Artful Advice

Paige's Patch: Allotment Life & Tips of a Papier Designer

Papier’s aptly-named designer Paige first stepped onto her bramble-covered allotment two years ago when she and her partner Adam moved to Sevenoaks in Kent. She’s quickly transformed the once overgrown plot into a fruitful source of homegrown flowers and veg.

Taking a well-earned break from her desk, we joined Paige on the allotment to note down some of her many gardening tips.


My allotment has become such a sanctuary for me. As it’s so close to my house, I sometimes pop in a couple of times a day during the growing season, especially in mid-summer. There is nothing like a blue-sky morning spent at the allotment – it is so calm and peaceful. Since I’ve been working from home, it’s become a morning ritual to go there to enjoy my first cuppa of the day, soaking in the view of the surrounding Kent Downs and listening to the birds.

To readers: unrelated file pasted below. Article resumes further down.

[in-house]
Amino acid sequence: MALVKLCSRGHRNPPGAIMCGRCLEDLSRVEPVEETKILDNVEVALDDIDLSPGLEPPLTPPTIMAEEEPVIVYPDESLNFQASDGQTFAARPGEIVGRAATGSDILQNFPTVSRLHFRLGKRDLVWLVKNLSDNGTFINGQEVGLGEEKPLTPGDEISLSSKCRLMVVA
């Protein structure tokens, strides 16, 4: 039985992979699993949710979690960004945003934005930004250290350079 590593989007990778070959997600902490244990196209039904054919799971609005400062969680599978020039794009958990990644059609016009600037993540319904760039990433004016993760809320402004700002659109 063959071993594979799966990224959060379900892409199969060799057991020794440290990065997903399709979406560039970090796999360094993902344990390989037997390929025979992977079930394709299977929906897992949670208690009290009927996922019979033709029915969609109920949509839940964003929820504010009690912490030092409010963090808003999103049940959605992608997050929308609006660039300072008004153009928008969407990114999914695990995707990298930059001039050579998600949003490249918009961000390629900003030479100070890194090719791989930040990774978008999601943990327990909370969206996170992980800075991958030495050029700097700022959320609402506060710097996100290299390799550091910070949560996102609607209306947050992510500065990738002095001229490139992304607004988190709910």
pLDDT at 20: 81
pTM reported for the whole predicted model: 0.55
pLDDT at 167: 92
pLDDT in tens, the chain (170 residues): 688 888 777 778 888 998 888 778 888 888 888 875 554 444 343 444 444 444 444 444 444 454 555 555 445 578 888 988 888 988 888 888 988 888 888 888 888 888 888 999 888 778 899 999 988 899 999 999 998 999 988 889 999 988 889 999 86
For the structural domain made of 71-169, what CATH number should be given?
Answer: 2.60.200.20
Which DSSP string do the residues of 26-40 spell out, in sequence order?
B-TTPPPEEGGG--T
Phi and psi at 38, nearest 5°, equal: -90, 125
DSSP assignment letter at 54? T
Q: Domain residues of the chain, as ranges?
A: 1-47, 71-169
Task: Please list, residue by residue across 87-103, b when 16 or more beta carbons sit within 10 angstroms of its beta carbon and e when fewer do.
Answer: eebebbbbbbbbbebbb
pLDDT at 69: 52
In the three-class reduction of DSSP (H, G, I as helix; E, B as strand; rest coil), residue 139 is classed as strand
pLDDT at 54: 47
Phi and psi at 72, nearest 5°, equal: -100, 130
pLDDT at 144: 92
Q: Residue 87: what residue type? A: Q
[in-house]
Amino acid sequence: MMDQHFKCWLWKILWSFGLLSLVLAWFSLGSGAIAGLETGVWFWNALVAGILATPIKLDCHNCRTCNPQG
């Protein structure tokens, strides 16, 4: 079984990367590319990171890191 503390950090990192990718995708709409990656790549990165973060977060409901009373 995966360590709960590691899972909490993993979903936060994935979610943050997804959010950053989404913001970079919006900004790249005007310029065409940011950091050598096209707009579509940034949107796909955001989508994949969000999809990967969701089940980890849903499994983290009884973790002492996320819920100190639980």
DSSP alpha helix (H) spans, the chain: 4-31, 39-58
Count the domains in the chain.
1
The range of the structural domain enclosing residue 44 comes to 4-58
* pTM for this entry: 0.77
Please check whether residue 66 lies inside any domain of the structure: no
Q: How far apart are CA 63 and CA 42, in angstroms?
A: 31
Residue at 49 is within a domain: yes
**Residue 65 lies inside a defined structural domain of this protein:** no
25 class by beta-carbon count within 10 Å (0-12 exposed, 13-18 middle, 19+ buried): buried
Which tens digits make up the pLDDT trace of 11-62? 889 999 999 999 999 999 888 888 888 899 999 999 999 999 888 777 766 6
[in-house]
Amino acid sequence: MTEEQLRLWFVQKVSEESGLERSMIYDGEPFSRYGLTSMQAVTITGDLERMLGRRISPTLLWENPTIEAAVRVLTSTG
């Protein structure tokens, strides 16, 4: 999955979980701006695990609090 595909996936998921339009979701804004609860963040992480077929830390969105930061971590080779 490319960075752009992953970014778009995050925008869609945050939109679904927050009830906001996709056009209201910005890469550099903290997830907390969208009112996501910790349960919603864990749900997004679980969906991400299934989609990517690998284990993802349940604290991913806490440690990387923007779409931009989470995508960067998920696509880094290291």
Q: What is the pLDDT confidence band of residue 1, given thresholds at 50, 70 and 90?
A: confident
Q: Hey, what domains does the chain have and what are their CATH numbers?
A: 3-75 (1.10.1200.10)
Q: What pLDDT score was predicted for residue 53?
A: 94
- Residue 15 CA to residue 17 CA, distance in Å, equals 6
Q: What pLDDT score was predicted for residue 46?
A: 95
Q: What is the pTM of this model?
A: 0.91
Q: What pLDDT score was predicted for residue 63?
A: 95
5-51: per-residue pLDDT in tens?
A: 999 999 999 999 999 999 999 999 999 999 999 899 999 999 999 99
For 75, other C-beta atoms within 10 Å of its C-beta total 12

All year round I’m pretty busy either planning or planting! Winter is full of excitement, spent dreaming of sunnier days and preparing for the next growing season. Spring is full of hope. The allotment bursts into life with blossom, daffodils and rhubarb and my ideas for the year’s garden start coming to life. Summer is an abundance of fruit, veg and flowers, and I’ll be at the allotment most days to keep on top of the watering and harvesting. Autumn is full of gratitude, harvesting the last of the summer veg and buckets of gorgeous dahlias and cosmos.

Each harvest inspires a season of new recipes and finding ways to preserve every drop of what we’ve grown. There is no joy like eating your own freshly picked, homegrown food, and knowing exactly where it’s come from – no chemicals, no carbon footprint. You won’t find a tomato or strawberry in the supermarket that tastes as good as the one you’ve grown yourself!